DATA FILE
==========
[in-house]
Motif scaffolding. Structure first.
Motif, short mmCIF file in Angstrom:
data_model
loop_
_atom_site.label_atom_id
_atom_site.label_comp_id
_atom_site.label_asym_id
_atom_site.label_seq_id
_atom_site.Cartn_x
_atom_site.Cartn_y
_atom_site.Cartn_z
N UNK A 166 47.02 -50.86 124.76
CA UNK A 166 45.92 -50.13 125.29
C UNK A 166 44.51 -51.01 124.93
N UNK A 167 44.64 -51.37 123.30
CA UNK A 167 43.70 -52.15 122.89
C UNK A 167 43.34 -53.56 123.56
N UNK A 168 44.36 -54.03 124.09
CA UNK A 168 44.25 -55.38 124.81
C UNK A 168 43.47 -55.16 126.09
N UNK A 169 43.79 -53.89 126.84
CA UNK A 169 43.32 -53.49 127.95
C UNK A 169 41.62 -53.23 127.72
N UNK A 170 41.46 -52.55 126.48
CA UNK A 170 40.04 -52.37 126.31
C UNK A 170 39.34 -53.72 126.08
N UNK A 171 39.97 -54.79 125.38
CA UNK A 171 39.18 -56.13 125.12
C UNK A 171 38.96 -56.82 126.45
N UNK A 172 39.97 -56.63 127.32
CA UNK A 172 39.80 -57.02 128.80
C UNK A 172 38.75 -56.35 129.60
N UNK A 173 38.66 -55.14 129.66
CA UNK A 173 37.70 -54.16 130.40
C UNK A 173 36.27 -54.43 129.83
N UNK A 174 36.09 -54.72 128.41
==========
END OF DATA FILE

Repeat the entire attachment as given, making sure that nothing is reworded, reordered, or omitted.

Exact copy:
[in-house]
Motif scaffolding. Structure first.
Motif, short mmCIF file in Angstrom:
data_model
loop_
_atom_site.label_atom_id
_atom_site.label_comp_id
_atom_site.label_asym_id
_atom_site.label_seq_id
_atom_site.Cartn_x
_atom_site.Cartn_y
_atom_site.Cartn_z
N UNK A 166 47.02 -50.86 124.76
CA UNK A 166 45.92 -50.13 125.29
C UNK A 166 44.51 -51.01 124.93
N UNK A 167 44.64 -51.37 123.30
CA UNK A 167 43.70 -52.15 122.89
C UNK A 167 43.34 -53.56 123.56
N UNK A 168 44.36 -54.03 124.09
CA UNK A 168 44.25 -55.38 124.81
C UNK A 168 43.47 -55.16 126.09
N UNK A 169 43.79 -53.89 126.84
CA UNK A 169 43.32 -53.49 127.95
C UNK A 169 41.62 -53.23 127.72
N UNK A 170 41.46 -52.55 126.48
CA UNK A 170 40.04 -52.37 126.31
C UNK A 170 39.34 -53.72 126.08
N UNK A 171 39.97 -54.79 125.38
CA UNK A 171 39.18 -56.13 125.12
C UNK A 171 38.96 -56.82 126.45
N UNK A 172 39.97 -56.63 127.32
CA UNK A 172 39.80 -57.02 128.80
C UNK A 172 38.75 -56.35 129.60
N UNK A 173 38.66 -55.14 129.66
CA UNK A 173 37.70 -54.16 130.40
C UNK A 173 36.27 -54.43 129.83
N UNK A 174 36.09 -54.72 128.41